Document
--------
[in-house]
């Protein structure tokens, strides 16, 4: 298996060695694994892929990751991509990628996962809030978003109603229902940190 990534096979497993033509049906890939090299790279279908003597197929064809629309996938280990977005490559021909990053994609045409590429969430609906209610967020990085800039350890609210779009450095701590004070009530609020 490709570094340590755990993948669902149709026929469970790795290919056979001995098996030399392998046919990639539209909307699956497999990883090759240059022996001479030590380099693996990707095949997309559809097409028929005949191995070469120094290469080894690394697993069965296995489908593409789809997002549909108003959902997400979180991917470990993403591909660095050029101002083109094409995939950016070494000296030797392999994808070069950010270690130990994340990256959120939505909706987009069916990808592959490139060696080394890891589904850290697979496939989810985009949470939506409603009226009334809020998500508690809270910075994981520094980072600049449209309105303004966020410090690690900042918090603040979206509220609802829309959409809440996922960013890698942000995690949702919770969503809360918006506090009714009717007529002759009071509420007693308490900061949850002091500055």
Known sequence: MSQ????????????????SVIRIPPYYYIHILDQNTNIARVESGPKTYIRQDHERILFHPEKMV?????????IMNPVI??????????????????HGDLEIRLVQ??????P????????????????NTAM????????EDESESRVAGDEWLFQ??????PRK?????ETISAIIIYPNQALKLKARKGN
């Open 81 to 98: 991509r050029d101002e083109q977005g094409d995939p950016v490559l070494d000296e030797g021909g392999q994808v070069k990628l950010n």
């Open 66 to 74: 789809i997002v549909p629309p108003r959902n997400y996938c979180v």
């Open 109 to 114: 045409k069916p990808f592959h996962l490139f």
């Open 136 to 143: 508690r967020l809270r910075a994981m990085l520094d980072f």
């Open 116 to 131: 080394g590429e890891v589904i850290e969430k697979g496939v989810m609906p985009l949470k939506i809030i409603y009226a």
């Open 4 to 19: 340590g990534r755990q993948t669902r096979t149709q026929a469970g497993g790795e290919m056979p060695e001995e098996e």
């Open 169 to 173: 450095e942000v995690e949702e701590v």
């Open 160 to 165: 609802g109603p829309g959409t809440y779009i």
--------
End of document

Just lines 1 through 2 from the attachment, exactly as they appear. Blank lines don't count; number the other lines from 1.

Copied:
[in-house]
């Protein structure tokens, strides 16, 4: 298996060695694994892929990751991509990628996962809030978003109603229902940190 990534096979497993033509049906890939090299790279279908003597197929064809629309996938280990977005490559021909990053994609045409590429969430609906209610967020990085800039350890609210779009450095701590004070009530609020 490709570094340590755990993948669902149709026929469970790795290919056979001995098996030399392998046919990639539209909307699956497999990883090759240059022996001479030590380099693996990707095949997309559809097409028929005949191995070469120094290469080894690394697993069965296995489908593409789809997002549909108003959902997400979180991917470990993403591909660095050029101002083109094409995939950016070494000296030797392999994808070069950010270690130990994340990256959120939505909706987009069916990808592959490139060696080394890891589904850290697979496939989810985009949470939506409603009226009334809020998500508690809270910075994981520094980072600049449209309105303004966020410090690690900042918090603040979206509220609802829309959409809440996922960013890698942000995690949702919770969503809360918006506090009714009717007529002759009071509420007693308490900061949850002091500055």